Helloworld Travel agent goes bust, leaving would-be travelers out of pocket

Melbourne man Geoff Berlowitz isn’t big on holidays.

“I mean, Coburg would be a big trip for me,” he said with a wry smile, referring to the suburb just down the road.

So, in 2019, when he and his wife Margaret paid $22,500 for a tour to see Canada and Alaska, scheduled for May 2020, it was a big deal.

“We didn’t sort of spare any expense. We thought bugger it, let’s just spend it and have a good time,” he said.

Then the coronavirus pandemic hit in March 2020, their trip was cancelled, and they waited for their travel agent — Helloworld Travel Plenty Valley — to get them a refund or a credit from the tour operator.

“Each month it was excuse after excuse…. but the main thing he was saying was he was waiting on Evergreen [the tour operator] to return the money,” Margaret said.

But Evergreen later told the family the travel agent had only ever paid them the deposit.

The Helloworld franchisee lost $21,500 of their money, as the Mill Park business slowly went under.

In July this year, it went into liquidation, owing the Berlowitzs and 55 other customers a combined $340,000, according to administrator Mackay Goodwin.

Helen Harrison is also owed $7,000 from the travel agent.

A family of four.

The Harrison family — Charlotte, David, Helen, and Elise — say money which was refunded to Helloworld was not returned to them.(ABC News: Daniel Fermer)

She had booked airline tickets for her family to travel to the United States in March last year — one final family holiday before her daughters finished high school.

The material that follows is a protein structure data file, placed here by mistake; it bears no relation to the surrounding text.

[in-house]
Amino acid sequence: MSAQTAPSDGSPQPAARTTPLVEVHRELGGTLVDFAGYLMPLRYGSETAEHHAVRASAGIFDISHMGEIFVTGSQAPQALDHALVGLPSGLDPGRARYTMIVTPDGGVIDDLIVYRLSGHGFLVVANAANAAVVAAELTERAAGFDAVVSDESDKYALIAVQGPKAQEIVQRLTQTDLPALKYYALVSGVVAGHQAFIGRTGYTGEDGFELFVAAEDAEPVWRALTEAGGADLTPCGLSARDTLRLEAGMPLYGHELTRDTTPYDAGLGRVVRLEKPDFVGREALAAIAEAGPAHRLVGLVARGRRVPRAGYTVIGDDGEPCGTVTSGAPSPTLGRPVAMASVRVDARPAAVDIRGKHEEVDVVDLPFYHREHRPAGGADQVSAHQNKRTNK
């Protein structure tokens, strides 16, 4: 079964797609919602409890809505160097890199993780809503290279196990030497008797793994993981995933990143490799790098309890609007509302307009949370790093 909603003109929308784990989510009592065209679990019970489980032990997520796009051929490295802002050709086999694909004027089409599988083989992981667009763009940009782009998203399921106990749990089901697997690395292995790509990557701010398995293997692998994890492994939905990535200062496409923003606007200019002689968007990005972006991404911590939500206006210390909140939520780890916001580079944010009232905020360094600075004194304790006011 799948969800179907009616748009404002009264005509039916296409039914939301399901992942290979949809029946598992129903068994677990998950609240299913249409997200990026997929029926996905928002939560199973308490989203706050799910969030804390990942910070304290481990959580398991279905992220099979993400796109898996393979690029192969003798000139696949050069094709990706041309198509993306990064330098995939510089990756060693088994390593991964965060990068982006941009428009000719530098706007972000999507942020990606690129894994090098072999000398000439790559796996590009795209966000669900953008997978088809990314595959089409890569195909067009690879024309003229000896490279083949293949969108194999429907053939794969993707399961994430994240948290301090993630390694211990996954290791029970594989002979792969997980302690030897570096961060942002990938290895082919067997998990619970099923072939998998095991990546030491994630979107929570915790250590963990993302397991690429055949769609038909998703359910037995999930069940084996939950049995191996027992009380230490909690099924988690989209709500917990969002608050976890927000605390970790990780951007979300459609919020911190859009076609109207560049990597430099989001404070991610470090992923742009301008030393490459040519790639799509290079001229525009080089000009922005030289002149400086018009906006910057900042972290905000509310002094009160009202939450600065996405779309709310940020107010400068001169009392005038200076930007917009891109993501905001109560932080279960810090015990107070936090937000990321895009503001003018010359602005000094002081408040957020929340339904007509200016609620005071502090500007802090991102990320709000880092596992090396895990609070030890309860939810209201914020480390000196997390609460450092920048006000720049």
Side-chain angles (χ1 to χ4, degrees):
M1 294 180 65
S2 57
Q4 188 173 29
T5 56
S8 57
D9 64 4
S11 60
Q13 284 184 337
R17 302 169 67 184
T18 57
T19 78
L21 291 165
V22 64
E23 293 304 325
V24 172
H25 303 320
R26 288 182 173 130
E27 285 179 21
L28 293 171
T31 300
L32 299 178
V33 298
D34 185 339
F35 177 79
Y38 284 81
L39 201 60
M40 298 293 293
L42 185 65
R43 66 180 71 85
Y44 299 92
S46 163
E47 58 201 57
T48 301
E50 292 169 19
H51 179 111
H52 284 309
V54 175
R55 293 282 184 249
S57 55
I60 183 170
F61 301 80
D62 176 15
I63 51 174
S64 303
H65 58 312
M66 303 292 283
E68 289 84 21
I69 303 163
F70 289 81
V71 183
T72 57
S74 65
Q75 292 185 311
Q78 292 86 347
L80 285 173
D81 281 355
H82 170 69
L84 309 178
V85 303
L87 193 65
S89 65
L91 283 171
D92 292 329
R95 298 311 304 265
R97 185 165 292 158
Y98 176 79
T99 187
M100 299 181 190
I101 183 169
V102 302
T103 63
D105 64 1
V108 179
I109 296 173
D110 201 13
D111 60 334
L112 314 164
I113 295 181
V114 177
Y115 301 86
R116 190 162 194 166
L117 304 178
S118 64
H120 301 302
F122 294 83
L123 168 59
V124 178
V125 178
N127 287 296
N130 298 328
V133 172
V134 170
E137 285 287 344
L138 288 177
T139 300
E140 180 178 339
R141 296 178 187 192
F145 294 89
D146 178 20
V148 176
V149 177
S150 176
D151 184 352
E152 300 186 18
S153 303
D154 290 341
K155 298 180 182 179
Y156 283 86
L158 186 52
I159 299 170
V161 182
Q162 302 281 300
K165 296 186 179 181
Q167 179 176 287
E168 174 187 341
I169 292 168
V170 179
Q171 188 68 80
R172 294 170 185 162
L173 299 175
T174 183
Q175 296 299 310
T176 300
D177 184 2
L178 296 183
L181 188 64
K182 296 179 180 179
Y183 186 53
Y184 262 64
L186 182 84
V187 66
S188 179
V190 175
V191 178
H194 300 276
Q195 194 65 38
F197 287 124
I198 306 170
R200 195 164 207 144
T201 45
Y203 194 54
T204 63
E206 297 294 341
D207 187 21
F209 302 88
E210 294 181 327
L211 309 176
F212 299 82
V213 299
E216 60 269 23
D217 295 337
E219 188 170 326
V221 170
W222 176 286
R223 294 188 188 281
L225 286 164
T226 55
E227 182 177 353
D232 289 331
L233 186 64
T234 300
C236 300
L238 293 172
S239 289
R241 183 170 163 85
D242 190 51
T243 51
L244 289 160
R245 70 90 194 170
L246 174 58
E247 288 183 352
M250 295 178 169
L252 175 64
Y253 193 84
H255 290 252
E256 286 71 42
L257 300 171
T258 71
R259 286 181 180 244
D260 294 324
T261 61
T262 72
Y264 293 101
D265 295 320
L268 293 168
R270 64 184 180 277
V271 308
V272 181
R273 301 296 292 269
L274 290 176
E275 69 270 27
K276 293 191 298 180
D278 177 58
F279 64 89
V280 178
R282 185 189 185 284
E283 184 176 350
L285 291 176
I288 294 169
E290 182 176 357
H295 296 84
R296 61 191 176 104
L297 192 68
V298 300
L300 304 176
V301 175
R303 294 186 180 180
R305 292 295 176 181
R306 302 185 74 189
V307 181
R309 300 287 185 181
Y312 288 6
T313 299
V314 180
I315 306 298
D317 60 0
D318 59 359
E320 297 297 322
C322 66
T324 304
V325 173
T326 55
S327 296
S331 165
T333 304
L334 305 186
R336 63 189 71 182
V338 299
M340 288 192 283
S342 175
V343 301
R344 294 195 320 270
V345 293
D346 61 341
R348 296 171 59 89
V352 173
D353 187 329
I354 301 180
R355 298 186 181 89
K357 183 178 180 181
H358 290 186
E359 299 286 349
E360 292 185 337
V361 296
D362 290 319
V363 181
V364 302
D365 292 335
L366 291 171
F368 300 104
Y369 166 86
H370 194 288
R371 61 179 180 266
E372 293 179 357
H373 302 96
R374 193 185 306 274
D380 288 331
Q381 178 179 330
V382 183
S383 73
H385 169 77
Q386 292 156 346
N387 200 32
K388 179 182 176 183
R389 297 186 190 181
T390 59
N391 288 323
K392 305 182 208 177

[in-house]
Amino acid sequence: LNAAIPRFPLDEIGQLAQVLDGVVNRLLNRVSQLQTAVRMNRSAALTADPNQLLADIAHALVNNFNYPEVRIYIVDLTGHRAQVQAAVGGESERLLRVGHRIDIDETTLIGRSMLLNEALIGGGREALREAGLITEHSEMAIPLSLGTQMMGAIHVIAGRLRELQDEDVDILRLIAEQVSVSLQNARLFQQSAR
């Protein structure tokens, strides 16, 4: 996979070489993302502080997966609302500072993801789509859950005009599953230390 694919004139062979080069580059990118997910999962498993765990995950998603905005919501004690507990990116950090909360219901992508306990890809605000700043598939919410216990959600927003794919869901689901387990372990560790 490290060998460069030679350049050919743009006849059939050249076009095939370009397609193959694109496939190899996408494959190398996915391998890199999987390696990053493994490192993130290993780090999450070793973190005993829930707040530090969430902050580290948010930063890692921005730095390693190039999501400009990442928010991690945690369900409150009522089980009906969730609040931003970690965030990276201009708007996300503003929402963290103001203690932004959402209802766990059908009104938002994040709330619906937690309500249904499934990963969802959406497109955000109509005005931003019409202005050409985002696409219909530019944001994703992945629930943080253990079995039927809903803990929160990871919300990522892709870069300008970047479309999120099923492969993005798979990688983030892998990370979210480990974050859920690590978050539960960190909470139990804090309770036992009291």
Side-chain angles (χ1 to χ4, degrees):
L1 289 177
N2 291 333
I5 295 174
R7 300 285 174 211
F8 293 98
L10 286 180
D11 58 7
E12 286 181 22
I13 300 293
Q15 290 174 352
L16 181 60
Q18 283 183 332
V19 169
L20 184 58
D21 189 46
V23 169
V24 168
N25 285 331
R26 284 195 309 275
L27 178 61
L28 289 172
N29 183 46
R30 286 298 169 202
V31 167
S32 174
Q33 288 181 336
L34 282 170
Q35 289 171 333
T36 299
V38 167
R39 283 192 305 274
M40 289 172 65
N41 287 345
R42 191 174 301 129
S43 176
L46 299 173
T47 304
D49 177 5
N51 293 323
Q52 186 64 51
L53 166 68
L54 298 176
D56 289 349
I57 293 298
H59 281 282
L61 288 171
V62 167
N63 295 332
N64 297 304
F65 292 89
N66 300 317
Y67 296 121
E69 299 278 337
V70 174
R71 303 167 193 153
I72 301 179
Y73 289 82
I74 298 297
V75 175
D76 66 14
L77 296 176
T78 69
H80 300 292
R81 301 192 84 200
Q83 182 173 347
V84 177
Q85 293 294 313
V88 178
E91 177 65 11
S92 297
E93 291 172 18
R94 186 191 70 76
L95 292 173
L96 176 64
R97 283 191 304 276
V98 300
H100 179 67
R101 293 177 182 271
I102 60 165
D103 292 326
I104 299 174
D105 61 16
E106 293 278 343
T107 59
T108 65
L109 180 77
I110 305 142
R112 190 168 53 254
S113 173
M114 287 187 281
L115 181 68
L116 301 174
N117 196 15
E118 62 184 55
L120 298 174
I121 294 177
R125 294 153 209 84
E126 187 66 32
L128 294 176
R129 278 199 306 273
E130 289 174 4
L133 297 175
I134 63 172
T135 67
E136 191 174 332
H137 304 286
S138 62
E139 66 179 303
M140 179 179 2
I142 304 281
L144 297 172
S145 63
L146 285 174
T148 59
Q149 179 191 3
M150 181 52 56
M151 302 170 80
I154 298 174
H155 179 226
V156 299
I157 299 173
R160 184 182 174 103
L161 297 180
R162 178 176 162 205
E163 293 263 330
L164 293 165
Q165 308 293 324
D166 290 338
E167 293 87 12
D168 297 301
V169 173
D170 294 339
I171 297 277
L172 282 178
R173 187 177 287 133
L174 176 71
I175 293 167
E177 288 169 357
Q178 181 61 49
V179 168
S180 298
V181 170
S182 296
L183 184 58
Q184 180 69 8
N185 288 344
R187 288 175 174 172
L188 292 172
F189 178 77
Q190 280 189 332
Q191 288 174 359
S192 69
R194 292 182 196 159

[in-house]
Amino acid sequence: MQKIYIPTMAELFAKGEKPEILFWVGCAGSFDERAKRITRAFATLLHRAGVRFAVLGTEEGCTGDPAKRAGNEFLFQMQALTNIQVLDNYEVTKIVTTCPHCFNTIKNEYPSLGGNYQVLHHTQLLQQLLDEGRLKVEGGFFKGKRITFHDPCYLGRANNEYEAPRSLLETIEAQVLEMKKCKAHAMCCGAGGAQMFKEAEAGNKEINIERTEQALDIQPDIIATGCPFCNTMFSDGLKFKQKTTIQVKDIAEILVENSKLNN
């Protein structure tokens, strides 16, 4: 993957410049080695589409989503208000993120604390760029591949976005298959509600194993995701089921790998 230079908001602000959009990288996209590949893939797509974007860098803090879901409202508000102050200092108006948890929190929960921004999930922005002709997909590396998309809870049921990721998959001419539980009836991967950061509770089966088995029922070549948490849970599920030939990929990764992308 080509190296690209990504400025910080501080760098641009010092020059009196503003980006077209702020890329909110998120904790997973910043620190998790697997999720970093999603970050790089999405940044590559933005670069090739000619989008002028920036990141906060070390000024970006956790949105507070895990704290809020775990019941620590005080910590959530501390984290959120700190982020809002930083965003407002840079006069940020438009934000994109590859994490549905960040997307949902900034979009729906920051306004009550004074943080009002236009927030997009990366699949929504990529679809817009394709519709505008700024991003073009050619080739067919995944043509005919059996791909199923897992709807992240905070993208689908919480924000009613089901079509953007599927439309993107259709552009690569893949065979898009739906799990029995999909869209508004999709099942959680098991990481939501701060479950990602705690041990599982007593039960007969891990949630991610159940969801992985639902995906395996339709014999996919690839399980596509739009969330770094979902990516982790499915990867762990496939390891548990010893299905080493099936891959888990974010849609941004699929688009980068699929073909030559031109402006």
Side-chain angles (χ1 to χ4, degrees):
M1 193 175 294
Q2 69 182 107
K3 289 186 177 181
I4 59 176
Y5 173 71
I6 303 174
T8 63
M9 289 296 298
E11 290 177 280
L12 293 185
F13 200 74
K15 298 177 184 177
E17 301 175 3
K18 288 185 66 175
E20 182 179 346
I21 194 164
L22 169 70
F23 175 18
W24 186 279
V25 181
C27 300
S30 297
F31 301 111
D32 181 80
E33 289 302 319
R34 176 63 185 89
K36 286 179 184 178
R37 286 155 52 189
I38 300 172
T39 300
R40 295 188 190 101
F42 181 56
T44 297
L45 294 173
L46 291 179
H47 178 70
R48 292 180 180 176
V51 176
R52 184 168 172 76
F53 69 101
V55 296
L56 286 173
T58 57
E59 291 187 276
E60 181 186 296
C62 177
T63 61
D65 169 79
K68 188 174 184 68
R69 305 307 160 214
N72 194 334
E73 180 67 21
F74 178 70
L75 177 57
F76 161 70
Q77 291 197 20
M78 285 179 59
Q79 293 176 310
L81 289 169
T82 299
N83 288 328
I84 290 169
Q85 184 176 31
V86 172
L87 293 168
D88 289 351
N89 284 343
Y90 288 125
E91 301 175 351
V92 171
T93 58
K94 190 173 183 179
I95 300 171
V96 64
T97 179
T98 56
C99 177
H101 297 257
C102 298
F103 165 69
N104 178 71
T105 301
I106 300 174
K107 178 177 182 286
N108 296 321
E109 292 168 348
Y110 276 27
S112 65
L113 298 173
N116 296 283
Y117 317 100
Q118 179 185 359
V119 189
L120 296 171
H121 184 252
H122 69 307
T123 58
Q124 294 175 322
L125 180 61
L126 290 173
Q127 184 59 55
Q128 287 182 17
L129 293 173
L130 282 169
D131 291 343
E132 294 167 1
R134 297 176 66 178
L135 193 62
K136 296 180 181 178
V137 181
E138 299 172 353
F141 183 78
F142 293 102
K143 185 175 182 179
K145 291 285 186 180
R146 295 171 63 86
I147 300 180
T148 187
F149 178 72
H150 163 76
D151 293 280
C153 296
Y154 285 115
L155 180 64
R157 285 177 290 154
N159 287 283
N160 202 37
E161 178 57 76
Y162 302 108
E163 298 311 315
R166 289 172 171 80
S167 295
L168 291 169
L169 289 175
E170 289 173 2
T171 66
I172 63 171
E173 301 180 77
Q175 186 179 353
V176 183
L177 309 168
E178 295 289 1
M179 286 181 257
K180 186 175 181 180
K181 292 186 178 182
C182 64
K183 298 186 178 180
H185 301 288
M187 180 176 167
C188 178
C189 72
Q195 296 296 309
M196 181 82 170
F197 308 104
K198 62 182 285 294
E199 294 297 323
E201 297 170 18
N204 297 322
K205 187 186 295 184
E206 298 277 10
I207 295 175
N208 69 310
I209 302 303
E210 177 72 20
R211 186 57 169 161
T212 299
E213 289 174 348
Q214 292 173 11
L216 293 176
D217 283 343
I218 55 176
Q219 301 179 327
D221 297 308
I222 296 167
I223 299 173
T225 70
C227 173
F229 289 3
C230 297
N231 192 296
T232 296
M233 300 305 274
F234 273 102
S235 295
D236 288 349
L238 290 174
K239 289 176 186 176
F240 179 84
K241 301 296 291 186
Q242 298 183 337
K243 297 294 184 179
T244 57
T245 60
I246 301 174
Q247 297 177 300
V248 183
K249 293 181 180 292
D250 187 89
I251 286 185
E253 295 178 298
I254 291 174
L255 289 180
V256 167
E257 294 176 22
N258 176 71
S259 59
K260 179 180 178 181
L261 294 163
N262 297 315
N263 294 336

After she canceled the trip, she was told repeatedly by the store that the airline wasn’t issuing refunds, and she’d need to take a credit.

“So we thought, well, that’s better than nothing,” she said.

After the store went into liquidation, she was told by the airline that it had refunded her money in April this year.

Helloworld Travel Plenty Valley held on to it before going under three months later.

“Realizing that somebody actually got your money back and then didn’t bother to let you know, when you’ve been chasing it for 12 months, it’s just awful,” Ms Harrison said.

“$7,000 is a lot of money to lose … we’d saved up for a few years for it,” she said.

The Helloworld store.

Helloworld Travel Plenty Valley went bust in 2020, owing $340,000 to scores of customers for holidays they were unable to take because of the pandemic.(ABC News: Daniel Fermer)

The Plenty Valley store was the latest of at least four Helloworld Travel agencies to go bust in Melbourne’s north and east.

In February, Helloworld Travel Monbulk and Bentleigh went into liquidation, owing $68 thousand to 53 clients, while in September 2020, Helloworld Belgrave went under.

The franchiser, Helloworld Travel, has 2,224 stores across Australia and is worth $280 million, but Margaret Berlowitz said when she asked the head office to give her money back, they wiped their hands of the issue.

“They virtually said ‘It’s not our problem. It’s a franchise’,” she said.